If you are asked to answer by “yes” or “no” to a series of statements, there are two possibilities: either you know the subject and it is easy to answer, or you don’t, in which case you’ll try to assess the plausibility of the proposed statements. Indeed there’s a whole circuitry in our brains for this task and you’d be surprised to learn how this process can be influenced by two simple means: image and contrast.
The work of Dr. Eryn Newman has shown that when a statement is associated with an image, the brain naturally grants more credibility to the information. Stronger still, it has been shown that it’s possible to create false recollections from fake images, since the brain tends to consider that a photograph bears witness to something that actually happened.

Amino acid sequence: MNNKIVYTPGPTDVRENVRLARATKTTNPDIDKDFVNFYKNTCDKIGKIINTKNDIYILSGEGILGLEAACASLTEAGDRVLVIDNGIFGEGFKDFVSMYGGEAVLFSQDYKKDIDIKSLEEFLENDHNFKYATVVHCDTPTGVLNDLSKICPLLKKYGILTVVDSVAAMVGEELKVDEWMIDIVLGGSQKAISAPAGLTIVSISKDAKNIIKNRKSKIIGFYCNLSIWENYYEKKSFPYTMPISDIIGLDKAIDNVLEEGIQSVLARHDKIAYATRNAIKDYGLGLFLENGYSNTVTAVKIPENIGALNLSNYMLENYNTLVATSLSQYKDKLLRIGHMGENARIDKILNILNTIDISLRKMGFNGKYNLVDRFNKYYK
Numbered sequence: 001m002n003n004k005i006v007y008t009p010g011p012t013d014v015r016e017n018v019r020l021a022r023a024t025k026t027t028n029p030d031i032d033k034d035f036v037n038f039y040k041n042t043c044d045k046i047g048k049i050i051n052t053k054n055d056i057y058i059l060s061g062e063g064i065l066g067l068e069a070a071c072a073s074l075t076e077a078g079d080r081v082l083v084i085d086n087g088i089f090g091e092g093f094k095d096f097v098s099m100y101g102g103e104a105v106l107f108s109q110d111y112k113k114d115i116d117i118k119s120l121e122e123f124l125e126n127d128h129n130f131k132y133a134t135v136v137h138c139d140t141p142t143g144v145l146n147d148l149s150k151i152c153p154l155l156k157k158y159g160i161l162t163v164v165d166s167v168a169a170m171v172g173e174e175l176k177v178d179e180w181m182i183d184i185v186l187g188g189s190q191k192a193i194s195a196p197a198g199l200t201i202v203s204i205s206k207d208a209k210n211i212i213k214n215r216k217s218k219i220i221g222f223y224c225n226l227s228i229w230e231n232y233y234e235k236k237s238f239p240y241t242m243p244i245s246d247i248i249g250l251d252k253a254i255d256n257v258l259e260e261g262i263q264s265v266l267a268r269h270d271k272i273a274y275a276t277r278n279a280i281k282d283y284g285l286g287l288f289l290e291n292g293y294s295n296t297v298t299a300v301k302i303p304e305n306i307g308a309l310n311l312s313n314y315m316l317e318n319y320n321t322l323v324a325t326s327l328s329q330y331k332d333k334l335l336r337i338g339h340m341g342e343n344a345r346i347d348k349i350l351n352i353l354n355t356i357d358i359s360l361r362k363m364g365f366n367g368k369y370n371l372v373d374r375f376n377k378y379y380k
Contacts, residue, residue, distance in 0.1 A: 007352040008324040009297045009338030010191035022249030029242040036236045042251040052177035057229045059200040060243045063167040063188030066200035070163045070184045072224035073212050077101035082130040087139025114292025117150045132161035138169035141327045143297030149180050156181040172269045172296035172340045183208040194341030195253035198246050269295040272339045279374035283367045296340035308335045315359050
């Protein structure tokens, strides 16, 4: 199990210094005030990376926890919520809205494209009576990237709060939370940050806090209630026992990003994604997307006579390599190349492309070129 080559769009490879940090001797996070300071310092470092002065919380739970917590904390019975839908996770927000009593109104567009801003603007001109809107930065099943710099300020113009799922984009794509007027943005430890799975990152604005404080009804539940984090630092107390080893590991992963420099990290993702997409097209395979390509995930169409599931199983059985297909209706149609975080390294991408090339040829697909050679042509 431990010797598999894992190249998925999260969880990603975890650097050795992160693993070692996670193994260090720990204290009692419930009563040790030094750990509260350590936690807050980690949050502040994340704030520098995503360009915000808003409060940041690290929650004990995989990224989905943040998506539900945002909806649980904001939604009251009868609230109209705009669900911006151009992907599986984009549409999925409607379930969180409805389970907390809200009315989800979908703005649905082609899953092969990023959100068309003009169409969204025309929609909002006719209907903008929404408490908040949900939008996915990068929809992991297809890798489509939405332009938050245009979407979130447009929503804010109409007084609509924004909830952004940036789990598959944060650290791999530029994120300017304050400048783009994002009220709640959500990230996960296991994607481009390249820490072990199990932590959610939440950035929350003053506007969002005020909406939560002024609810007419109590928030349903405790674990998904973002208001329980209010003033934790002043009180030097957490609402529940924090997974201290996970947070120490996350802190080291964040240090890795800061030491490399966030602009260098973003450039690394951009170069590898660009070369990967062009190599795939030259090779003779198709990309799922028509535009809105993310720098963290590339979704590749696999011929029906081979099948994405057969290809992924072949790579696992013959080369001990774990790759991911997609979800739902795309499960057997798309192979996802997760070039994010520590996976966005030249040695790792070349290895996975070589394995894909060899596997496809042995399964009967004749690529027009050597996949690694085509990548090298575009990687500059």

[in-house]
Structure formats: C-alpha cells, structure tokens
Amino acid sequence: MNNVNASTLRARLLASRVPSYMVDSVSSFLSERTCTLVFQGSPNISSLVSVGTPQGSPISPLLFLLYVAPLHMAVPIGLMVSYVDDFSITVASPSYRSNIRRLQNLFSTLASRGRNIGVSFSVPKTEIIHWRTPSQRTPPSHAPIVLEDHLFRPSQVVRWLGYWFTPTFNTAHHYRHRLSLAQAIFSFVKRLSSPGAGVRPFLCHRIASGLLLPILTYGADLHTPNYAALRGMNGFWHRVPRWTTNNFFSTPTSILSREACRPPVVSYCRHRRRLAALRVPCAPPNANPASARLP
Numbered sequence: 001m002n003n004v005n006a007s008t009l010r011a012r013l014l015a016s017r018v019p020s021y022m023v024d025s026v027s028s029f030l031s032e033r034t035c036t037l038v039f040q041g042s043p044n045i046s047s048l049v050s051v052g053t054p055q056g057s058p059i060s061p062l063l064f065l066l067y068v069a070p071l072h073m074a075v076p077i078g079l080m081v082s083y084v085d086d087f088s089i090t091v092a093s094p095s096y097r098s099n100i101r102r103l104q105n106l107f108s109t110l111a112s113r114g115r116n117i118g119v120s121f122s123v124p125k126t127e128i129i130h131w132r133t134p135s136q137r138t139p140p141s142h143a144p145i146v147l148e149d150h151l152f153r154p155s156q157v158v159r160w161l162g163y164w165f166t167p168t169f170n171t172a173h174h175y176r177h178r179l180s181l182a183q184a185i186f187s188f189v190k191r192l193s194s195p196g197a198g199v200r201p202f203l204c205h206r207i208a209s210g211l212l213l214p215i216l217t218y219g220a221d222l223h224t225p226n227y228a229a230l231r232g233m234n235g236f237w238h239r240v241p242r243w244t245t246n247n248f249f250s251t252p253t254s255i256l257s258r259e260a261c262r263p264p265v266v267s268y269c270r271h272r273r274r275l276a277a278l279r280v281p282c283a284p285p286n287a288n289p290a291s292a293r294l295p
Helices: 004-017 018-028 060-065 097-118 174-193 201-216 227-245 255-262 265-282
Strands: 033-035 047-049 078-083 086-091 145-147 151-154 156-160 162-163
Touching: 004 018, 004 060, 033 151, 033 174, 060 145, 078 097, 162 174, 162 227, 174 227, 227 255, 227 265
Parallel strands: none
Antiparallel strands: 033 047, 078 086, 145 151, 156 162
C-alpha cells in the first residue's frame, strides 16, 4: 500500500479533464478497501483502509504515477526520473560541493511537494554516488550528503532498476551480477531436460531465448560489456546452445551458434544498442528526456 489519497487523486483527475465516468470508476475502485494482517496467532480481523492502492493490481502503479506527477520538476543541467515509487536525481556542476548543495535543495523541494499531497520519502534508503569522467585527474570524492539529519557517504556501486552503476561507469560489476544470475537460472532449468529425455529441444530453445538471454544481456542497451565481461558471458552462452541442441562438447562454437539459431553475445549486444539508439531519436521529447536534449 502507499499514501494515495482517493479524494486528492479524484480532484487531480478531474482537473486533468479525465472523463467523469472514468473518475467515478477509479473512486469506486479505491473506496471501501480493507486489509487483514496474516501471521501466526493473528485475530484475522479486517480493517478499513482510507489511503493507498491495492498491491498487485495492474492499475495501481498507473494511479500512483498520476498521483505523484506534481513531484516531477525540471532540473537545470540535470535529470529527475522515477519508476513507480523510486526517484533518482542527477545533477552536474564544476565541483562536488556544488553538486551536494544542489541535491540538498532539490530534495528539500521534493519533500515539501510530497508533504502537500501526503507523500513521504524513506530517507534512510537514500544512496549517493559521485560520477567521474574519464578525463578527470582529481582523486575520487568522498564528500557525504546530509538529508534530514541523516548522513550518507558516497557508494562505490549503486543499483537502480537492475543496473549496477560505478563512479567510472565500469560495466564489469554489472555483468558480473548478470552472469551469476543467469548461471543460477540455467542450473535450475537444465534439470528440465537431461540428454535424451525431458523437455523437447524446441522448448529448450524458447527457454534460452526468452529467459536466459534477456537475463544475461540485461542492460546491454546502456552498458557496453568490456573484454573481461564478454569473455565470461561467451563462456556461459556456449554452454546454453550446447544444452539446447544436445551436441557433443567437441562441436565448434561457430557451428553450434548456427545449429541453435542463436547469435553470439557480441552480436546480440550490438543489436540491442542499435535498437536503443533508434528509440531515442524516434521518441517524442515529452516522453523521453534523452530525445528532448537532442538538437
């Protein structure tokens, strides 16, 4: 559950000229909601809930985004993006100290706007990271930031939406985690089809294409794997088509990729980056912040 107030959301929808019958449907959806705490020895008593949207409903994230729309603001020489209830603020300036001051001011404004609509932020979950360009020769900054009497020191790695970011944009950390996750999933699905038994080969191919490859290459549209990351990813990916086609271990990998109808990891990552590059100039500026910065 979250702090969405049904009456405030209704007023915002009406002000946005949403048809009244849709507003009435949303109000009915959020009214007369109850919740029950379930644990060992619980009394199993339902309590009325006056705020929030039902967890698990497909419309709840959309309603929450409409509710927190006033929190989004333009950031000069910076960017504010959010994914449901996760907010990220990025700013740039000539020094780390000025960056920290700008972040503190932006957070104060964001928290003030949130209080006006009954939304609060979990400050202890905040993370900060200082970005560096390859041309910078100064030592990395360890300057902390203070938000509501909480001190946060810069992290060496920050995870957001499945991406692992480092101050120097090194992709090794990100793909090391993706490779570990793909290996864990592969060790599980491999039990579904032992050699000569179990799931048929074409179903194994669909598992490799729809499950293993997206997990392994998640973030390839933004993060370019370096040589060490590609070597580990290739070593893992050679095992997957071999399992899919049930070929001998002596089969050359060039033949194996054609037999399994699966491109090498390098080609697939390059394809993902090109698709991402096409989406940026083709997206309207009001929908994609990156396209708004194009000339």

A similar phenomenon occurs with contrast: a sentence shown in a highly contrasted manner will tend to be perceived as more credible than an identical implicit sentence. The choice of fonts and colors is hence of fundamental importance for the audience to adhere to your presentations.
Source : Eryn Newman for the Washington Post